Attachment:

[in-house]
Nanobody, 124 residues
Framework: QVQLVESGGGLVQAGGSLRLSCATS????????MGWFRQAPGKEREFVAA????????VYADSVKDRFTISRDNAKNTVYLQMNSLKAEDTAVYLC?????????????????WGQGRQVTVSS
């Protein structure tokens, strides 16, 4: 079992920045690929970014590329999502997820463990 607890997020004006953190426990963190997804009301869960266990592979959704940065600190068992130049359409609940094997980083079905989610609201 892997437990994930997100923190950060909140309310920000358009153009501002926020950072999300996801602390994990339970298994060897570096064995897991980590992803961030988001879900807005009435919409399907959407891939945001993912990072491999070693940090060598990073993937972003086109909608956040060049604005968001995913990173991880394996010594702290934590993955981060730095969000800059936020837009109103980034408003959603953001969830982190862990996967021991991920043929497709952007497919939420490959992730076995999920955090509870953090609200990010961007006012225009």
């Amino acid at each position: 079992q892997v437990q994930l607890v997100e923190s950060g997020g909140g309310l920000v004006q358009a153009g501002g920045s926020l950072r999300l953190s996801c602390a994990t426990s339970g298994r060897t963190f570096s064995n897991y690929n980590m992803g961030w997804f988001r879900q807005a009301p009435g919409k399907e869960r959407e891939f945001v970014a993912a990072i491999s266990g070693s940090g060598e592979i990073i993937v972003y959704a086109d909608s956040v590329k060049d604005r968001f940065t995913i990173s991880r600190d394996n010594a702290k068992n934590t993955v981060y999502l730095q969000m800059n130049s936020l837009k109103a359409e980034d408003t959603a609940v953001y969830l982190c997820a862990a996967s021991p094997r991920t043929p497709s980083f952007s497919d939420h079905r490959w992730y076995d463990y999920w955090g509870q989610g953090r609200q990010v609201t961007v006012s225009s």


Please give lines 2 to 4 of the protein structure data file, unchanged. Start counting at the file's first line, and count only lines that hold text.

Nanobody, 124 residues
Framework: QVQLVESGGGLVQAGGSLRLSCATS????????MGWFRQAPGKEREFVAA????????VYADSVKDRFTISRDNAKNTVYLQMNSLKAEDTAVYLC?????????????????WGQGRQVTVSS
């Protein structure tokens, strides 16, 4: 079992920045690929970014590329999502997820463990 607890997020004006953190426990963190997804009301869960266990592979959704940065600190068992130049359409609940094997980083079905989610609201 892997437990994930997100923190950060909140309310920000358009153009501002926020950072999300996801602390994990339970298994060897570096064995897991980590992803961030988001879900807005009435919409399907959407891939945001993912990072491999070693940090060598990073993937972003086109909608956040060049604005968001995913990173991880394996010594702290934590993955981060730095969000800059936020837009109103980034408003959603953001969830982190862990996967021991991920043929497709952007497919939420490959992730076995999920955090509870953090609200990010961007006012225009």